Richard E. Aaron
Timing is Everything for a Rock Photographer
Photographer Q & A
Describe the moment or event that inspired your decision to become a photographer.
I was seven years old and there was a savings bank that opened down the block from my house. I opened a savings account with five dollars and was able to pick a gift. I picked a Brownie camera. That is how I started in photography. For the next few years I shot anything that looked interesting in a compositional way. I was very interested in shooting landscapes and buildings. During this time I studied Kodak manuals on filters, the darkroom and film exposure. Then I got into motion of the subject. I wanted to study cinematography to become a cameraman. I studied at photography school and film school after my high school graduation. In the third year of film school, I received a call to photograph my first show at Madison Square Garden. The rest is rock history.
What is your favorite photography tip to share with other photographers?
Always keep your eyes open, even when you're not carrying a camera. Carry a stack of business cards so clients can contact you. Plus, keep a pen and a Sharpie with you.
Favorite photography book?
Ansel Adams at 100 by John Szarkowski.
Most unusual item you keep in your camera bag?
In my camera bag, I always carried a color temperature meter so I knew the type of film to use. Even now, with white balance, I still carry that same meter. And I carry a folding seat. You never know when it will be useful.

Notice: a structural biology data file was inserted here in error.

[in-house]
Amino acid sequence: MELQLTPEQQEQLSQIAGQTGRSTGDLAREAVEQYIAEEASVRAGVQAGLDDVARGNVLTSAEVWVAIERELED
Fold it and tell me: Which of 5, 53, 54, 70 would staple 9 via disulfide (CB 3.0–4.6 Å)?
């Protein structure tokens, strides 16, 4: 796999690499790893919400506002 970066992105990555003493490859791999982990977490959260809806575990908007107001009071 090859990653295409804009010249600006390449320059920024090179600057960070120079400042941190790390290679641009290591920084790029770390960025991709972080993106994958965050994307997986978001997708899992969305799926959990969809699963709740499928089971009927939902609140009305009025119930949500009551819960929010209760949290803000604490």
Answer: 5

What's the best advice you ever received from a fellow photographer?
To learn the business side of what I do. That's helped me tremendously with my work. I also have learned to collaborate with the bands and their management. I wanted them to know that I wasn't a "groupie," but a serious photographer who wanted them to get the right images.
Name a geographical place that you'd love to return to or go to for an assignment.
I would like to return to China. I was there in 1986 to document the first Western rock group—a five-member female band—as they toured and recorded an LP.
What photography project or assignment has been most meaningful for you and why?
Every assignment is meaningful to me. I always will learn something new.
What's in your camera bag right now?
Three Nikon® D3 bodies; the following lenses: 24-70, 80-200, 25-70, 24, 35, 50, 105, 135; and two Nikon® strobes.
To see more of Richard E. Aaron's work, please visit www.rockpix.com
"Every day I shoot, I use a Pro Roller x300 and Magnum 650 AW. I use them when I'm on tour or taking stills in my Manhattan studio as I get images for groups, their management or record labels. I know that these bags are built for lots of abuse when I travel, but when I'm working out of them, it's like having an assistant handling my gear. I am completely confident that the bags will protect my gear and that what I put in will come out in the same good shape."
Richard E. Aaron
Richard E. Aaron
Richard E. Aaron was honored by Modern Photography Magazine as one of the 10 Best Rock Photographers in the world. He has the distinction of shooting the first-ever photographic rock and roll cover for Time Magazine of Paul McCartney/Wings Over America. His work has appeared in more than 50,000 magazines, newspapers and books worldwide. And Aaron has more than 300 album covers to his credit, including Peter Frampton's Frampton Comes Alive.